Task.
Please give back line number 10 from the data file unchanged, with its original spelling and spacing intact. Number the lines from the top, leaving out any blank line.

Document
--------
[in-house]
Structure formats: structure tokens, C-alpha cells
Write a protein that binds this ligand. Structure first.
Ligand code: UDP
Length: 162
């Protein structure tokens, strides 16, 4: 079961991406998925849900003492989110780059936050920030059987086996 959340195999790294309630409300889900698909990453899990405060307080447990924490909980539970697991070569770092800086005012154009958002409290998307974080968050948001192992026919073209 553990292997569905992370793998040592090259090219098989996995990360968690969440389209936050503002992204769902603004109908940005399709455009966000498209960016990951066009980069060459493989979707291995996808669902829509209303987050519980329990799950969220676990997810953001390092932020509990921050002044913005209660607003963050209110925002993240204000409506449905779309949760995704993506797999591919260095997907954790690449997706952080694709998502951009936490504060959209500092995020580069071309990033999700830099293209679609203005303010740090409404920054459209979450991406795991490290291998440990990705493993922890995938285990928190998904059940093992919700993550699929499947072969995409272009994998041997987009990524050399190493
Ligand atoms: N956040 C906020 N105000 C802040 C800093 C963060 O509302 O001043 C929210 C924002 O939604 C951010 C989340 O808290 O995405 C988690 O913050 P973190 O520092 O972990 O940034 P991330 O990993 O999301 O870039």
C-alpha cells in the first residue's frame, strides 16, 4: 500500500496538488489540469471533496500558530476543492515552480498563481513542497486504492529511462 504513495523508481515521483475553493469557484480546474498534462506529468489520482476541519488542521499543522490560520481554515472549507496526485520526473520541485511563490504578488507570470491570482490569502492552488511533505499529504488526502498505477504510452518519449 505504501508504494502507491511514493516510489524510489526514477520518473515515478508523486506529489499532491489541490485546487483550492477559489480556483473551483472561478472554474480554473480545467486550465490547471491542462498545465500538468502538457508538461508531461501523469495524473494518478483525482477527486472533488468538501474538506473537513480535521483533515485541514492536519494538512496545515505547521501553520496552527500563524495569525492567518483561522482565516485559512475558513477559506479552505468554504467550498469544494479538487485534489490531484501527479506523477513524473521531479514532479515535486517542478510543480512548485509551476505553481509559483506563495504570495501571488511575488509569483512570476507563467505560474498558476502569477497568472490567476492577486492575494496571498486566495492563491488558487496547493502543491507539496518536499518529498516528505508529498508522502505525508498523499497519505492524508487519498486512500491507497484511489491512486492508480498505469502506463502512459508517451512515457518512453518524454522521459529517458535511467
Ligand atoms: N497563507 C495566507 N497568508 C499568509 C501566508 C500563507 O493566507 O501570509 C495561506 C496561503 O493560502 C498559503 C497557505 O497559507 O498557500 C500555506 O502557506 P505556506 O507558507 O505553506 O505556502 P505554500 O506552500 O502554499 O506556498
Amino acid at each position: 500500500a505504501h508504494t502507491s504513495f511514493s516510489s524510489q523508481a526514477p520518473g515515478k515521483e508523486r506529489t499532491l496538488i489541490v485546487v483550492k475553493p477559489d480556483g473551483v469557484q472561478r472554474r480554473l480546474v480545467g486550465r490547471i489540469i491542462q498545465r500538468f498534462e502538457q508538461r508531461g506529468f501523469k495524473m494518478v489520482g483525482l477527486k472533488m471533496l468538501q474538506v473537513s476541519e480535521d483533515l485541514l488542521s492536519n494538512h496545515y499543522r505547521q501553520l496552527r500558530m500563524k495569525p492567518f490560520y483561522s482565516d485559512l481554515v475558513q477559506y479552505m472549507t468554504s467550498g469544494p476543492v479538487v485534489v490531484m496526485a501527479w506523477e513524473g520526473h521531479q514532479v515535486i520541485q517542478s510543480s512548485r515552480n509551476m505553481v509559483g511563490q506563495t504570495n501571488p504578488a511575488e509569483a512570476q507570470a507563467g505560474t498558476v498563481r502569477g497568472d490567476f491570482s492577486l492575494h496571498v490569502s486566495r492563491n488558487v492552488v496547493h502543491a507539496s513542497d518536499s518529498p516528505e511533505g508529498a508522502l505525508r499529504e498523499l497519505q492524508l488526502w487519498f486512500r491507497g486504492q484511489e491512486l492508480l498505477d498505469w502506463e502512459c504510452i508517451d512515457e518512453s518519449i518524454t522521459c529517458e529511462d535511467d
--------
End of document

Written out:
Amino acid at each position: 500500500a505504501h508504494t502507491s504513495f511514493s516510489s524510489q523508481a526514477p520518473g515515478k515521483e508523486r506529489t499532491l496538488i489541490v485546487v483550492k475553493p477559489d480556483g473551483v469557484q472561478r472554474r480554473l480546474v480545467g486550465r490547471i489540469i491542462q498545465r500538468f498534462e502538457q508538461r508531461g506529468f501523469k495524473m494518478v489520482g483525482l477527486k472533488m471533496l468538501q474538506v473537513s476541519e480535521d483533515l485541514l488542521s492536519n494538512h496545515y499543522r505547521q501553520l496552527r500558530m500563524k495569525p492567518f490560520y483561522s482565516d485559512l481554515v475558513q477559506y479552505m472549507t468554504s467550498g469544494p476543492v479538487v485534489v490531484m496526485a501527479w506523477e513524473g520526473h521531479q514532479v515535486i520541485q517542478s510543480s512548485r515552480n509551476m505553481v509559483g511563490q506563495t504570495n501571488p504578488a511575488e509569483a512570476q507570470a507563467g505560474t498558476v498563481r502569477g497568472d490567476f491570482s492577486l492575494h496571498v490569502s486566495r492563491n488558487v492552488v496547493h502543491a507539496s513542497d518536499s518529498p516528505e511533505g508529498a508522502l505525508r499529504e498523499l497519505q492524508l488526502w487519498f486512500r491507497g486504492q484511489e491512486l492508480l498505477d498505469w502506463e502512459c504510452i508517451d512515457e518512453s518519449i518524454t522521459c529517458e529511462d535511467d